- Marko Kolanovic, JPMorgan’s global head of quantitative and derivatives strategy, thinks the recent spike in oil prices will accelerate the decline of one of the market’s most-loved trades.
- He also details how the rotation out of momentum stocks and into value stocks is similar to the short-volatility trade he correctly predicted would collapse in 2018.
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“History doesn’t repeat itself, but it often rhymes.” — Mark Twain
If you’re up on your financial markets history, you’re aware that investors often make similar mistakes on multiple occasions. After all, the four most dangerous words in investing are “it’s different this time” for a reason.
Now, Kolanovic sees trouble brewing for those who have been heavily reliant on one of the market’s most-popular and long-lasting trades: long-momentum, short-value. And to, add insult to injury, he thinks that the recent spike in oil prices will exacerbate the already-noticeable unwinding.
“These trades worked well until the rotation started, and now are in the early stages of a collapse,” Kolanovic wrote in a note to clients. “We believe the unwind is in its early stages, as evidenced by equity PMs continuing to fight the value rotation towards oil and natural gas sector every day last week.”
That last bit is important. The price of oil plays a key role in the long-momentum, short-value trade. It’s what everyone’s short, and why portfolio managers aren’t letting the price go down without a fight.
Kolanovic continued: “The recent shock in oil prices came amid significant crowding in short oil and gas futures by systematic and macro investors, even more extreme shorting of oil and natural gas exploration and production stocks by hedge fund pods and quants, and puzzling investor complacency towards geopolitical risks.”
Momentum has trounced value for years now, and has rewarded investors for simply buying what’s already going up, in a systematic fashion. All money managers had to do was simply set the trade, and forget it for an effortless windfall of profits. And, as you would imagine, positions became heavily skewed.
Unfortunately, this sort of methodology almost never works on Wall Street. Relationships between asset classes change, means revert, and new dynamics shift allocations into previously unloved portions of the market.
Today, that same set-it-and-forget it, autopilot mentality is coming back to bite investors — and it’s made its presence clear amidst a violent rotation out of momentum and into value.
Parallels to the doomed short-volatility trade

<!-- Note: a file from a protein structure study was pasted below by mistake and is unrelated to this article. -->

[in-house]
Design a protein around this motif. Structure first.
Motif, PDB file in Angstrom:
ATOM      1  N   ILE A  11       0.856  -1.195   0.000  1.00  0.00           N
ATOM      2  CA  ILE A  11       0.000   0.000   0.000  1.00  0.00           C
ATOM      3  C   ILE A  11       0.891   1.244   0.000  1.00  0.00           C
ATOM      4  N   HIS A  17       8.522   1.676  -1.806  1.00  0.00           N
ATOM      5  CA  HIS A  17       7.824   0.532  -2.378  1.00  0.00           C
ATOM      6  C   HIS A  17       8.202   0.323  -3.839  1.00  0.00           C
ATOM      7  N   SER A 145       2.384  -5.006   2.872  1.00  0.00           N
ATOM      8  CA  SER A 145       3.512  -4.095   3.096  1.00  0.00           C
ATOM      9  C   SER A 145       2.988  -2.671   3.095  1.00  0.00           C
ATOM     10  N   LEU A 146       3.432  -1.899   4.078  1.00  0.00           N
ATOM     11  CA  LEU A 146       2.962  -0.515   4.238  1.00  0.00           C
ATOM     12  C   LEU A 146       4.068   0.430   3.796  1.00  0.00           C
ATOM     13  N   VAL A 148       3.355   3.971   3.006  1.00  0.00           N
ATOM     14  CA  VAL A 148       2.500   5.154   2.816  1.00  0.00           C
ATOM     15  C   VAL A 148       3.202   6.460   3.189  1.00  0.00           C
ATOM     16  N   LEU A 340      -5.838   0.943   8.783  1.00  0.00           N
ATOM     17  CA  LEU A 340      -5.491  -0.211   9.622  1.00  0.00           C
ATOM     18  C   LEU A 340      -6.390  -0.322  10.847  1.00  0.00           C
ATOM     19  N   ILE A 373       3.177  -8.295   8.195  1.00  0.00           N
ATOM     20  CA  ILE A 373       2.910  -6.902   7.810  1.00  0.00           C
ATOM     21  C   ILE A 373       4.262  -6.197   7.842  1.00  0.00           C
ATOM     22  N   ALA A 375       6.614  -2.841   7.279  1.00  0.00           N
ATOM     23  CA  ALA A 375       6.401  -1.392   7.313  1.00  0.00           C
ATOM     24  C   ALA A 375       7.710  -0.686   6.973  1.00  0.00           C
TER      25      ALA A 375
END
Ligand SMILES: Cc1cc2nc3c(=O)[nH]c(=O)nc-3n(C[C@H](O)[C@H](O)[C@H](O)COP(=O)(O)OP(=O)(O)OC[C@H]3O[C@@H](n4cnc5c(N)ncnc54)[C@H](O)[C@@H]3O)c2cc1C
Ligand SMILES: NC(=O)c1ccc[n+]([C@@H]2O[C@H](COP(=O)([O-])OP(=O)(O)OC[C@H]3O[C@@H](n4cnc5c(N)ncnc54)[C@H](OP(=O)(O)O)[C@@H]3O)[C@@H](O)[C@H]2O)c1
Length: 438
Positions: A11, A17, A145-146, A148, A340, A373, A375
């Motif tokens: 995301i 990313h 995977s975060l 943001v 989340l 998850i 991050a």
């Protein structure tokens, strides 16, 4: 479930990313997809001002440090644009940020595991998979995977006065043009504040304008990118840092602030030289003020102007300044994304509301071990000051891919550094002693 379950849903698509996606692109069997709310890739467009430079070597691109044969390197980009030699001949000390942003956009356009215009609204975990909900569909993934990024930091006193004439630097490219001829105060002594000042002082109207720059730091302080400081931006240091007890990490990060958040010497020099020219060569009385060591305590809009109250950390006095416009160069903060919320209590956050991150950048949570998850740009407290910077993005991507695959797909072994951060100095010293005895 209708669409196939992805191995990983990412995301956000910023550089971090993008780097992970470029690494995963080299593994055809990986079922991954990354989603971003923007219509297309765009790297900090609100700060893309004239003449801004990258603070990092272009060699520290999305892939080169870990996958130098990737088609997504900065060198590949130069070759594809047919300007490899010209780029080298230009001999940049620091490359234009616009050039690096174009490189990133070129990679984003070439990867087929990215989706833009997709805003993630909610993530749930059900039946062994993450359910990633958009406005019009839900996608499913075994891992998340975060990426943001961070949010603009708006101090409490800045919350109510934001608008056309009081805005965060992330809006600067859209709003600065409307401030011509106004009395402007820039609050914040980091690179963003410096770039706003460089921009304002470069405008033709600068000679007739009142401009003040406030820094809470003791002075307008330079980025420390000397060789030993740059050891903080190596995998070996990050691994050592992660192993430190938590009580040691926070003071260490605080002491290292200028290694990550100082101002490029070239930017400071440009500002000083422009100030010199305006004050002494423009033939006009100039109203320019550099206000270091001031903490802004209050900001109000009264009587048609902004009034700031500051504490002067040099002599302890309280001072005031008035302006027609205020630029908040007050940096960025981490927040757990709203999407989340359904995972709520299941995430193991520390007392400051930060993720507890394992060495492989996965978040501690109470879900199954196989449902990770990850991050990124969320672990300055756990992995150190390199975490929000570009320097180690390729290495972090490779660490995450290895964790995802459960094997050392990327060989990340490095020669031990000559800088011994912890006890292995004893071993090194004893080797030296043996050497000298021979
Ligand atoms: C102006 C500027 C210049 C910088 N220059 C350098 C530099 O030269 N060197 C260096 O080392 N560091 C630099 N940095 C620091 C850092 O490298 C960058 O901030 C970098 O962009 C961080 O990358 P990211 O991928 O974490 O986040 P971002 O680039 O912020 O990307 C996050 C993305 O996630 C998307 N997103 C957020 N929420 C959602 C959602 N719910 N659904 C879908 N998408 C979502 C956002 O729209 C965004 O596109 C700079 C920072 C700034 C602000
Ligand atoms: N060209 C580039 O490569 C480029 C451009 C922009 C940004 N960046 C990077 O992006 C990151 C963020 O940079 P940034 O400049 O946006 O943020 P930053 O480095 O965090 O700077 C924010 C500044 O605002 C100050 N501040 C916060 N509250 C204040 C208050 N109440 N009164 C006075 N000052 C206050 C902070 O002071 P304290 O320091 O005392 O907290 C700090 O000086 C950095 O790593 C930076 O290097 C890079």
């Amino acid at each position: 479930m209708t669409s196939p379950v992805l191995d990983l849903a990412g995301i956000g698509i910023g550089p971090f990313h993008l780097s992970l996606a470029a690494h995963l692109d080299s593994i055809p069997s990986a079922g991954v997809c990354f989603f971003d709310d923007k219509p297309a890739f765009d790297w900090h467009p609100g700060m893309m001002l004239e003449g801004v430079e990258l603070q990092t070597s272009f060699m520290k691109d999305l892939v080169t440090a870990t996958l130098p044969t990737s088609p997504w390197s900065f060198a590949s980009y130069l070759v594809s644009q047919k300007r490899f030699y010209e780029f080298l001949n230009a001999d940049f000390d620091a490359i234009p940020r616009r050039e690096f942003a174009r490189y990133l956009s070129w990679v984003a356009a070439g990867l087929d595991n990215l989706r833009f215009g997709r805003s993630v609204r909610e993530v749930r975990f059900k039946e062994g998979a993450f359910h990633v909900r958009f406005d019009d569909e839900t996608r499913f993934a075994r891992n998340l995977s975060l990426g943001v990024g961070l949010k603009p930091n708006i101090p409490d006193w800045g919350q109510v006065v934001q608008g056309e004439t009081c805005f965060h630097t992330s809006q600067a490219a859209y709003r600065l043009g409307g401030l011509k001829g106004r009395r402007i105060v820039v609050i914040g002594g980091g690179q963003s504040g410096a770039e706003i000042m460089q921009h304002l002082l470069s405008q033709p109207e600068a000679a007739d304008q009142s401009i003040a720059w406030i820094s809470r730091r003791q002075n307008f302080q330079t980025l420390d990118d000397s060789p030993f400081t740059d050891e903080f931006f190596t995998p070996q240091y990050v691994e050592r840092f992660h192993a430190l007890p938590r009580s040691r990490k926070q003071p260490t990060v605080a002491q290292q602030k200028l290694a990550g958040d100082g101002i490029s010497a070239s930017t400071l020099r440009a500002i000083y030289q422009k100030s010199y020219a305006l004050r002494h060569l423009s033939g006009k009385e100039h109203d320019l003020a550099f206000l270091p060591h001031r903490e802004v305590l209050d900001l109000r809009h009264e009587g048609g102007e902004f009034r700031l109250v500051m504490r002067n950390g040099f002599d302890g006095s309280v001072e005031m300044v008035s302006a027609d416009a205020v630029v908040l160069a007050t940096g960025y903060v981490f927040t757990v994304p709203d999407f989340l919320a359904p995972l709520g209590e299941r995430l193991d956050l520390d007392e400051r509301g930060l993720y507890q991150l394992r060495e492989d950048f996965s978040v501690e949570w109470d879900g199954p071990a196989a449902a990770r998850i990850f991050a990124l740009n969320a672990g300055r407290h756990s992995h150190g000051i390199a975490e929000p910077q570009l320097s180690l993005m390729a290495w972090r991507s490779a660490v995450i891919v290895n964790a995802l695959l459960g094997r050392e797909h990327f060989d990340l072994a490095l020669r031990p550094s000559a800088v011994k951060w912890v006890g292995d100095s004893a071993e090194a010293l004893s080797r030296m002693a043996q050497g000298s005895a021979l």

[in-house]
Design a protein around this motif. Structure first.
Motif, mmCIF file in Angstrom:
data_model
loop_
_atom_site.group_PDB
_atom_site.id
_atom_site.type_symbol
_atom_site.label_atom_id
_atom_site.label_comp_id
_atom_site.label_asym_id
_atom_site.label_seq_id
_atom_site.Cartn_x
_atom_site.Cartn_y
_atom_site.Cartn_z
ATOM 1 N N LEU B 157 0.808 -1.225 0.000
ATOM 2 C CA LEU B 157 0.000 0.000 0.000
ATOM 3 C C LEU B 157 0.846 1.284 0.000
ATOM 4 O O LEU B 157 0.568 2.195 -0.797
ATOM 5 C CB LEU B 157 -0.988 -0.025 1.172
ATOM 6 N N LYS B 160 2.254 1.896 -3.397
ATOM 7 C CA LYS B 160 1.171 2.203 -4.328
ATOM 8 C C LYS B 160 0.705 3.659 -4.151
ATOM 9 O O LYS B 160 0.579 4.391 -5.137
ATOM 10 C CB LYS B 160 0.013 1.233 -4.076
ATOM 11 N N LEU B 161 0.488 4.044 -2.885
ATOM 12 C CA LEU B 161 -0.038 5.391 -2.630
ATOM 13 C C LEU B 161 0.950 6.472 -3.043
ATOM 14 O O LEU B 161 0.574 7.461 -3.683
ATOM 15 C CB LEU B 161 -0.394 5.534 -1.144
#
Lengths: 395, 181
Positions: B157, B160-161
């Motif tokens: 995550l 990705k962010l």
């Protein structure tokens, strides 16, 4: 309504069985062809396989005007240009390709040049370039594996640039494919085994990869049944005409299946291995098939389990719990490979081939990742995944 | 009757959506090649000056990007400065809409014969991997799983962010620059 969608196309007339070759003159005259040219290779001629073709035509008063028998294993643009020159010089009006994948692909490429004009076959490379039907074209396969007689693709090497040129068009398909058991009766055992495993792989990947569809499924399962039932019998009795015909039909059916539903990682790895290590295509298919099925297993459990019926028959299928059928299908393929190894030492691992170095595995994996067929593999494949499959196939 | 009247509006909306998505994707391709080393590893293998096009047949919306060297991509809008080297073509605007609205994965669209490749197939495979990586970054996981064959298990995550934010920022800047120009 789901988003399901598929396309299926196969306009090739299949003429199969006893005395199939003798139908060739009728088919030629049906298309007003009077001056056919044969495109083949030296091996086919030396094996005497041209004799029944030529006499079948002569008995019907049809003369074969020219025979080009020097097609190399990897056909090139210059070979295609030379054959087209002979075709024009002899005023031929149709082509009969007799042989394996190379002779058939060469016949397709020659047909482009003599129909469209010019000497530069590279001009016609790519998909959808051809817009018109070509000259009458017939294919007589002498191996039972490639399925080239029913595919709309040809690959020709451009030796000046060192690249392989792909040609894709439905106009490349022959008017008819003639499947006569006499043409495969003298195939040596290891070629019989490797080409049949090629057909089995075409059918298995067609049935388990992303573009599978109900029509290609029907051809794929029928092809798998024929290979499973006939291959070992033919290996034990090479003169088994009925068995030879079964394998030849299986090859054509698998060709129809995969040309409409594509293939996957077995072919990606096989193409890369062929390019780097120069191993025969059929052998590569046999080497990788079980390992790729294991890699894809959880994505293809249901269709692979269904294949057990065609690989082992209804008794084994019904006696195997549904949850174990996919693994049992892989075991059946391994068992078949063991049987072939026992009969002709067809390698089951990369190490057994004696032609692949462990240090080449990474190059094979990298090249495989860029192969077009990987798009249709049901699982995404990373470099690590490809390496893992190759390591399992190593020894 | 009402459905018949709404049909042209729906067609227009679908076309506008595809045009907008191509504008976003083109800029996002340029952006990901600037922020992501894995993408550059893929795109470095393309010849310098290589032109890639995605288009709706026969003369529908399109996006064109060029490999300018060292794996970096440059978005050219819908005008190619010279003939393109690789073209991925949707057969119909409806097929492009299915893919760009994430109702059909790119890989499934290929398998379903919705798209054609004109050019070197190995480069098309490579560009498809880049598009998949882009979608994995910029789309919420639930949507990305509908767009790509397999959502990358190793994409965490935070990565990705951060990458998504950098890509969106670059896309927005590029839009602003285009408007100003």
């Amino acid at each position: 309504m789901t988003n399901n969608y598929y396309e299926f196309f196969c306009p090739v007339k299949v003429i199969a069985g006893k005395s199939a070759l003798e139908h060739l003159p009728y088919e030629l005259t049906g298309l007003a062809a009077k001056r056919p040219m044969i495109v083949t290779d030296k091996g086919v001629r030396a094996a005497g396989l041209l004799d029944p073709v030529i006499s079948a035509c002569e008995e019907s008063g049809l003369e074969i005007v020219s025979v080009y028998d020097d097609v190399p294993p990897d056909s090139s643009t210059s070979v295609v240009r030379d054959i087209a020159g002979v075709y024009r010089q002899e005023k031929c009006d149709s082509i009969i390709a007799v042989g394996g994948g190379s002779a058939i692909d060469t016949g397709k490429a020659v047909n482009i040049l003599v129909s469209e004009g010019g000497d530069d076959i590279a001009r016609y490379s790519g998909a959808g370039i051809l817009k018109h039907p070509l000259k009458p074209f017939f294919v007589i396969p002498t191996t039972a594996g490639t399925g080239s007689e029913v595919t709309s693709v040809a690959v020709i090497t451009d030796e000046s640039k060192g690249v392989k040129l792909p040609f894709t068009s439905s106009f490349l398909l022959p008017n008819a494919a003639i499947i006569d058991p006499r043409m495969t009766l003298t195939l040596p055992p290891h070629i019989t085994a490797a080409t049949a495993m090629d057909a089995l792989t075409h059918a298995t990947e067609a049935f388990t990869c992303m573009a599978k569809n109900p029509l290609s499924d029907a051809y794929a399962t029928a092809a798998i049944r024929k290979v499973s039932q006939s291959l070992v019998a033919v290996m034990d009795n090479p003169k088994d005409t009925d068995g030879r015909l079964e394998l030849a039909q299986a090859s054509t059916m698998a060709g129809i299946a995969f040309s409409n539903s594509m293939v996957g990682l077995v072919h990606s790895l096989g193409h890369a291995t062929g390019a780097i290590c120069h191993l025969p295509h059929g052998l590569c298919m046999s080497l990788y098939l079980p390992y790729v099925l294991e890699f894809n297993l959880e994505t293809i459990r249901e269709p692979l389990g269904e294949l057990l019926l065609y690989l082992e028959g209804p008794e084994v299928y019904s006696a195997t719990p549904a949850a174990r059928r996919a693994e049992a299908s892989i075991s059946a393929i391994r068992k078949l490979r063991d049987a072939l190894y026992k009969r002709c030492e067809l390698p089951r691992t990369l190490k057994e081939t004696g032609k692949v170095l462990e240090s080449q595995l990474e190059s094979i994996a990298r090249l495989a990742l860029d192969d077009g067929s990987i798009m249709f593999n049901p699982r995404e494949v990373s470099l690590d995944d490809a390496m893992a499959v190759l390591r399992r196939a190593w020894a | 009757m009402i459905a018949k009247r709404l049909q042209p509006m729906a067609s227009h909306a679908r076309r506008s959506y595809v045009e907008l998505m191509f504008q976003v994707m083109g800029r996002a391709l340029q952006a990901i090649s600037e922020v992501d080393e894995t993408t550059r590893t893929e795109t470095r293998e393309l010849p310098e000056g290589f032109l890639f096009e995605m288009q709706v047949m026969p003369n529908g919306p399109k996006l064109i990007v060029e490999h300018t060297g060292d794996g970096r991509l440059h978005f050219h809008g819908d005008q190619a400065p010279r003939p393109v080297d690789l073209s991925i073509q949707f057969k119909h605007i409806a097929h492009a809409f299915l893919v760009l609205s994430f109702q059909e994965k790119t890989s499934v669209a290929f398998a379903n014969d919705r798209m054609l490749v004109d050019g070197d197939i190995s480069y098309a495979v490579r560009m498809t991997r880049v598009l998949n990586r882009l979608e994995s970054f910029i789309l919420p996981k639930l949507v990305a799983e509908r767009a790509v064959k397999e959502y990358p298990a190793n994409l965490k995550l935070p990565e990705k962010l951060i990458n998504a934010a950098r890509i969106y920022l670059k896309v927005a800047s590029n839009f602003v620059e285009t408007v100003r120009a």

What’s more, Kolanovic has seen it all before. He draws parallels between the momentum-value unwind and the unceremonious collapse of the infamous VelocityShares Daily Inverse VIX Short-Term ETN, also known by its ticker of “XIV.”
Designed to provide single-day returns that were the inverse of the VIX — which itself is a measure of future volatility expectations known as the stock market’s “fear gauge” — XIV was essentially a short-volatility bet. And it was one of the most reliable trades around … until it suddenly wasn’t.
During its heyday, the short-volatility trade made many people a lot of money in a short amount of time. Perhaps the most high-profile example was former Target manager Seth M. Golden, who grew his net worth from $500,000 to $12 million in just five years going short VIX.
The short-volatility juggernaut was ultimately enabled by prolonged monetary easing that backstopped stocks and suppressed large price swings. It was such a reliable trade that many market participants got complacent and assumed it would last forever. But Kolanovic saw disaster brewing.
In early February 2018, when the Dow Jones industrial average recorded its biggest single-day point decline in history, the VIX spiked a record 84%. That effectively broke XIV and wiped out nearly $3 billion in value across multiple short-VIX products.
Kolanovic had been proven right. And now he’s he’s making a similarly ominous forecast about the momentum/value unwind.
“Crowding in this trade reached levels that will ultimately make it another XIV trade,” he said. “Recall that selling volatility was a trade that worked well for a long time.”
He continued: “The more money that went into selling volatility, the better it worked via direct suppression of implied volatility and feedback loop suppression of realized volatility … Investors were able to lever to levels that eventually led to a wipeout once forced closing started.”
While the long-momentum/short-value comeuppance is unlikely to strike as quickly as the short-volatility blowup, Kolanovic says a similar level of complacency has sent into the market — which is precisely when conditions get most dangerous.
He instead sees this reversal occurring in gradual fashion, and warns it’s already in progress. For those looking to get ahead of any further movement, these highly liquid factor ETFs would be ideal vessels for that:
- Momentum: iShares Edge MSCI USA Momentum Factor ETF (MTUM)
- Value: iShares Edge MSCI USA Valued Weighted ETF (VLUE)